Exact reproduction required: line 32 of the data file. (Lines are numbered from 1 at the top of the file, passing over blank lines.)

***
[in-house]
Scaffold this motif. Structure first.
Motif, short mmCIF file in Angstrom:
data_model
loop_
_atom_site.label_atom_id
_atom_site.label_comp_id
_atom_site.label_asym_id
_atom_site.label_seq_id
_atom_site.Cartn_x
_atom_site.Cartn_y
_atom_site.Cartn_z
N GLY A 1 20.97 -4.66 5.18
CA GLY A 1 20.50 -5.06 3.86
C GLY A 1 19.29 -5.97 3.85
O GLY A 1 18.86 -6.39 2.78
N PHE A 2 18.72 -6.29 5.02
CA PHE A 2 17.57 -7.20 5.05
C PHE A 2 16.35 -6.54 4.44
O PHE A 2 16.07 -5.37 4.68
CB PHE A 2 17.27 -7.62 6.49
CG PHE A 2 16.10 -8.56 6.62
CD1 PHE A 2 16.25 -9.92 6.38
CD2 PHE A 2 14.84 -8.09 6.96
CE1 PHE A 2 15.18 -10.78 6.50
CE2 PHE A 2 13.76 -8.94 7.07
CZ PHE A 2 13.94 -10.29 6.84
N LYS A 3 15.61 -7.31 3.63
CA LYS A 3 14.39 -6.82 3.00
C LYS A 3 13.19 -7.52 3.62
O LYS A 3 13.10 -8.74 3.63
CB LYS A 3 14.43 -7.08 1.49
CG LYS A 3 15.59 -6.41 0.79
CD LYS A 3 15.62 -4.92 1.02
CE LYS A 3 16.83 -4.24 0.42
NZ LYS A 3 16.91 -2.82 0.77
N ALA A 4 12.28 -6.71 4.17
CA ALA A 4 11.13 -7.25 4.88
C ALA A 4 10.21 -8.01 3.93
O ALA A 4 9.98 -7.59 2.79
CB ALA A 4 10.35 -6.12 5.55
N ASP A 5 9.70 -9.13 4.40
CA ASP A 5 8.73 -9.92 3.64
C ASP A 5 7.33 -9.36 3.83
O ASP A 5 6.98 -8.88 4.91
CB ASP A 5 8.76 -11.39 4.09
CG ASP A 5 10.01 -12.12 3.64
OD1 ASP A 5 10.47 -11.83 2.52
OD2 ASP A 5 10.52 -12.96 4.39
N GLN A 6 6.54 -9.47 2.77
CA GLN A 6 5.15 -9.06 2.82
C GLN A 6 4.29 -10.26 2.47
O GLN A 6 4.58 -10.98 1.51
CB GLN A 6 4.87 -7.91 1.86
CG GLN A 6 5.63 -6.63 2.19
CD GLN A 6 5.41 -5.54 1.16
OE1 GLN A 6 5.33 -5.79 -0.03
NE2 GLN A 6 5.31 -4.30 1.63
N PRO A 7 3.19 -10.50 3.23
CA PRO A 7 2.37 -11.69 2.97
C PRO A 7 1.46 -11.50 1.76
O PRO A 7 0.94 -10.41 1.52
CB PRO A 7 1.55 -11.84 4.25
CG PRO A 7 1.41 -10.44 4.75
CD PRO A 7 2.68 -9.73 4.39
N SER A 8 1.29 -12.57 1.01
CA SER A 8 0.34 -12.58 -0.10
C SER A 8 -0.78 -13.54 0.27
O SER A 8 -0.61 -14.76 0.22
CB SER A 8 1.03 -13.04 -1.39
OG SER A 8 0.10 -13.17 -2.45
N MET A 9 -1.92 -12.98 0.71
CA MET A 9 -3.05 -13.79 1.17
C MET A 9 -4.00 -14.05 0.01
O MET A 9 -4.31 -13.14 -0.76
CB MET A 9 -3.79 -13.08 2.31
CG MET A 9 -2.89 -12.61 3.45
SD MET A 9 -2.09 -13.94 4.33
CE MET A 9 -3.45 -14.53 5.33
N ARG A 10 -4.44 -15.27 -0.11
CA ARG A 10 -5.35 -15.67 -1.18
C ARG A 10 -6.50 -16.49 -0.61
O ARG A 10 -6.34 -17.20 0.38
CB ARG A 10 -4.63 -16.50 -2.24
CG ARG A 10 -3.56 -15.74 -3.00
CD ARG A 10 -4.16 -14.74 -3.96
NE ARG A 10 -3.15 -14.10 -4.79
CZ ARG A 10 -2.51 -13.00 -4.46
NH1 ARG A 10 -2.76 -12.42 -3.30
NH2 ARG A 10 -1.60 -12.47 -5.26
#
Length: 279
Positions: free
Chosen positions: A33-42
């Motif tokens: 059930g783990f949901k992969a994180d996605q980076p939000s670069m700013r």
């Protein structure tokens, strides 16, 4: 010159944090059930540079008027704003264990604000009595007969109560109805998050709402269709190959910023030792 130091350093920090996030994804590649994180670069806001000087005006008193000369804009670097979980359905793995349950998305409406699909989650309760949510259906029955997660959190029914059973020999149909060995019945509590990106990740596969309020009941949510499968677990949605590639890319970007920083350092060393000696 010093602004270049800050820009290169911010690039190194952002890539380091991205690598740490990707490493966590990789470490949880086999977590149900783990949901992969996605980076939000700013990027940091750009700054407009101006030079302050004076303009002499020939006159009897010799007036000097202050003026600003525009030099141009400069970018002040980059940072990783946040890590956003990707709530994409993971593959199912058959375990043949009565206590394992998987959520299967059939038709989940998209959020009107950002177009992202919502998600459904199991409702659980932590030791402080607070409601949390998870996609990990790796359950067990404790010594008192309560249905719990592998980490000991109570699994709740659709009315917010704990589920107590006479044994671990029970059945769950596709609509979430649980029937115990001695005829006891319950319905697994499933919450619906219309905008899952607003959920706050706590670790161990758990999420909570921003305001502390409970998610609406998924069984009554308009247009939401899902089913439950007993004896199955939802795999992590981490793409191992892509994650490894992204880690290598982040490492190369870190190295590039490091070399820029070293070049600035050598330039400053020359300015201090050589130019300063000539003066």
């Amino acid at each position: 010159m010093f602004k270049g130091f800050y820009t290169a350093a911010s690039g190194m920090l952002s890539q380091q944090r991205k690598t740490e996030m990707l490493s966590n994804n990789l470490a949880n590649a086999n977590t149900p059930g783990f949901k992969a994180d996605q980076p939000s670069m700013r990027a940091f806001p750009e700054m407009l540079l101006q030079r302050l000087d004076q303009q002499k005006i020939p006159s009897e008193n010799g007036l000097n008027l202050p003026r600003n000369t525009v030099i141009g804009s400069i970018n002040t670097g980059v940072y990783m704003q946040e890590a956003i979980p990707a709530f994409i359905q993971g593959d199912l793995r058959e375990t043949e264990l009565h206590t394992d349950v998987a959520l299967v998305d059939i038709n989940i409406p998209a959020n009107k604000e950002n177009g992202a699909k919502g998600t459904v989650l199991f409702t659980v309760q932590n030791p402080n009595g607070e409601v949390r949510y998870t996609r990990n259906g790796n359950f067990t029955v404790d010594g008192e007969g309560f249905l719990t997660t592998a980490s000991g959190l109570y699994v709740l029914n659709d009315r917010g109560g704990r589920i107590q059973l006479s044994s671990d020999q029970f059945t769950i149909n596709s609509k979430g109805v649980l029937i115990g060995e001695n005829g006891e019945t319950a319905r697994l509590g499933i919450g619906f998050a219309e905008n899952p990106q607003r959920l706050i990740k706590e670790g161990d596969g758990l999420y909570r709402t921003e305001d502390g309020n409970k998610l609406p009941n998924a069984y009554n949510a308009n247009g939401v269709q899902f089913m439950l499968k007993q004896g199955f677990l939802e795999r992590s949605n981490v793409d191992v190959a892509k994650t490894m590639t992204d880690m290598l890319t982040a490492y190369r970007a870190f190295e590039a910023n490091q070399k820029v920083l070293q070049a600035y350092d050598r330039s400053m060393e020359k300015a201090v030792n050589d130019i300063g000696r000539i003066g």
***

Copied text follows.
CB LYS A 3 14.43 -7.08 1.49